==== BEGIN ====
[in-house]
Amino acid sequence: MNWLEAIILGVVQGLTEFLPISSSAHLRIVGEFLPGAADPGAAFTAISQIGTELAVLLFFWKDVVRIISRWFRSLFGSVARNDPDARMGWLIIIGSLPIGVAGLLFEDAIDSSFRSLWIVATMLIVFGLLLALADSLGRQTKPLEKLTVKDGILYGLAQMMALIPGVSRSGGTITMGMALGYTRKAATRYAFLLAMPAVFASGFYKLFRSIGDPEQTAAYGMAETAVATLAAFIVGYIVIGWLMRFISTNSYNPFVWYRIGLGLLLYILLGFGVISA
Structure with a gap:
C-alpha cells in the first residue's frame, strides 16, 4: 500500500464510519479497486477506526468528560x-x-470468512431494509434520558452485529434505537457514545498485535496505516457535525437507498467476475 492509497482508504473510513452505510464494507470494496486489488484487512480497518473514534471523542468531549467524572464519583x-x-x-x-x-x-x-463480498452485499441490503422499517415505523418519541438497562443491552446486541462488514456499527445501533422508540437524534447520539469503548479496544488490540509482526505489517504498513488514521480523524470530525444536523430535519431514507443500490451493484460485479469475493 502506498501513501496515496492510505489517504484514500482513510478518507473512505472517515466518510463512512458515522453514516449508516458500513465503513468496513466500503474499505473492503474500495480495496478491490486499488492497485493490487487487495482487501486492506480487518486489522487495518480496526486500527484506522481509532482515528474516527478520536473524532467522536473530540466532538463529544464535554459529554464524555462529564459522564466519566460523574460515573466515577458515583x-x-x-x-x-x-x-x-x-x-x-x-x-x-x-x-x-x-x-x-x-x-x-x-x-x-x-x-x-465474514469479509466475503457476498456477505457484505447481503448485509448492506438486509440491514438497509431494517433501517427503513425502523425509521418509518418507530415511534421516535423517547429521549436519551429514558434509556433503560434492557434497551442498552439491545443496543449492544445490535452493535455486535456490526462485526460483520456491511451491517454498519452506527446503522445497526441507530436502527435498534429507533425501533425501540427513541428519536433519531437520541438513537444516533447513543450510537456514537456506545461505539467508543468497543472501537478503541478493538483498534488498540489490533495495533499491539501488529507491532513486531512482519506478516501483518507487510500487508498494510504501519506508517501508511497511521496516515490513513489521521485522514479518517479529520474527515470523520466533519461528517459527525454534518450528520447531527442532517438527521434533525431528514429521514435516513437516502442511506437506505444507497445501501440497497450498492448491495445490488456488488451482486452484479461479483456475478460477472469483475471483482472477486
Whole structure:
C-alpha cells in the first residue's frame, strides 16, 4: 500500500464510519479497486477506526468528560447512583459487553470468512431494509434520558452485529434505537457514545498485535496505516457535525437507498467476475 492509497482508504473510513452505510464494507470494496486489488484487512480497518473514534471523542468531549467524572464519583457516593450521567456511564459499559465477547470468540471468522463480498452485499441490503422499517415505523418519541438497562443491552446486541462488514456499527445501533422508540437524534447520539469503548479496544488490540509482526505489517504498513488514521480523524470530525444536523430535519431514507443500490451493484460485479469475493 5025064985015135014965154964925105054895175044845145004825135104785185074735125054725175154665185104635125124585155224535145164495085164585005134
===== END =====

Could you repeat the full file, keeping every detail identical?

[in-house]
Amino acid sequence: MNWLEAIILGVVQGLTEFLPISSSAHLRIVGEFLPGAADPGAAFTAISQIGTELAVLLFFWKDVVRIISRWFRSLFGSVARNDPDARMGWLIIIGSLPIGVAGLLFEDAIDSSFRSLWIVATMLIVFGLLLALADSLGRQTKPLEKLTVKDGILYGLAQMMALIPGVSRSGGTITMGMALGYTRKAATRYAFLLAMPAVFASGFYKLFRSIGDPEQTAAYGMAETAVATLAAFIVGYIVIGWLMRFISTNSYNPFVWYRIGLGLLLYILLGFGVISA
Structure with a gap:
C-alpha cells in the first residue's frame, strides 16, 4: 500500500464510519479497486477506526468528560x-x-470468512431494509434520558452485529434505537457514545498485535496505516457535525437507498467476475 492509497482508504473510513452505510464494507470494496486489488484487512480497518473514534471523542468531549467524572464519583x-x-x-x-x-x-x-463480498452485499441490503422499517415505523418519541438497562443491552446486541462488514456499527445501533422508540437524534447520539469503548479496544488490540509482526505489517504498513488514521480523524470530525444536523430535519431514507443500490451493484460485479469475493 502506498501513501496515496492510505489517504484514500482513510478518507473512505472517515466518510463512512458515522453514516449508516458500513465503513468496513466500503474499505473492503474500495480495496478491490486499488492497485493490487487487495482487501486492506480487518486489522487495518480496526486500527484506522481509532482515528474516527478520536473524532467522536473530540466532538463529544464535554459529554464524555462529564459522564466519566460523574460515573466515577458515583x-x-x-x-x-x-x-x-x-x-x-x-x-x-x-x-x-x-x-x-x-x-x-x-x-x-x-x-x-465474514469479509466475503457476498456477505457484505447481503448485509448492506438486509440491514438497509431494517433501517427503513425502523425509521418509518418507530415511534421516535423517547429521549436519551429514558434509556433503560434492557434497551442498552439491545443496543449492544445490535452493535455486535456490526462485526460483520456491511451491517454498519452506527446503522445497526441507530436502527435498534429507533425501533425501540427513541428519536433519531437520541438513537444516533447513543450510537456514537456506545461505539467508543468497543472501537478503541478493538483498534488498540489490533495495533499491539501488529507491532513486531512482519506478516501483518507487510500487508498494510504501519506508517501508511497511521496516515490513513489521521485522514479518517479529520474527515470523520466533519461528517459527525454534518450528520447531527442532517438527521434533525431528514429521514435516513437516502442511506437506505444507497445501501440497497450498492448491495445490488456488488451482486452484479461479483456475478460477472469483475471483482472477486
Whole structure:
C-alpha cells in the first residue's frame, strides 16, 4: 500500500464510519479497486477506526468528560447512583459487553470468512431494509434520558452485529434505537457514545498485535496505516457535525437507498467476475 492509497482508504473510513452505510464494507470494496486489488484487512480497518473514534471523542468531549467524572464519583457516593450521567456511564459499559465477547470468540471468522463480498452485499441490503422499517415505523418519541438497562443491552446486541462488514456499527445501533422508540437524534447520539469503548479496544488490540509482526505489517504498513488514521480523524470530525444536523430535519431514507443500490451493484460485479469475493 5025064985015135014965154964925105054895175044845145004825135104785185074735125054725175154665185104635125124585155224535145164495085164585005134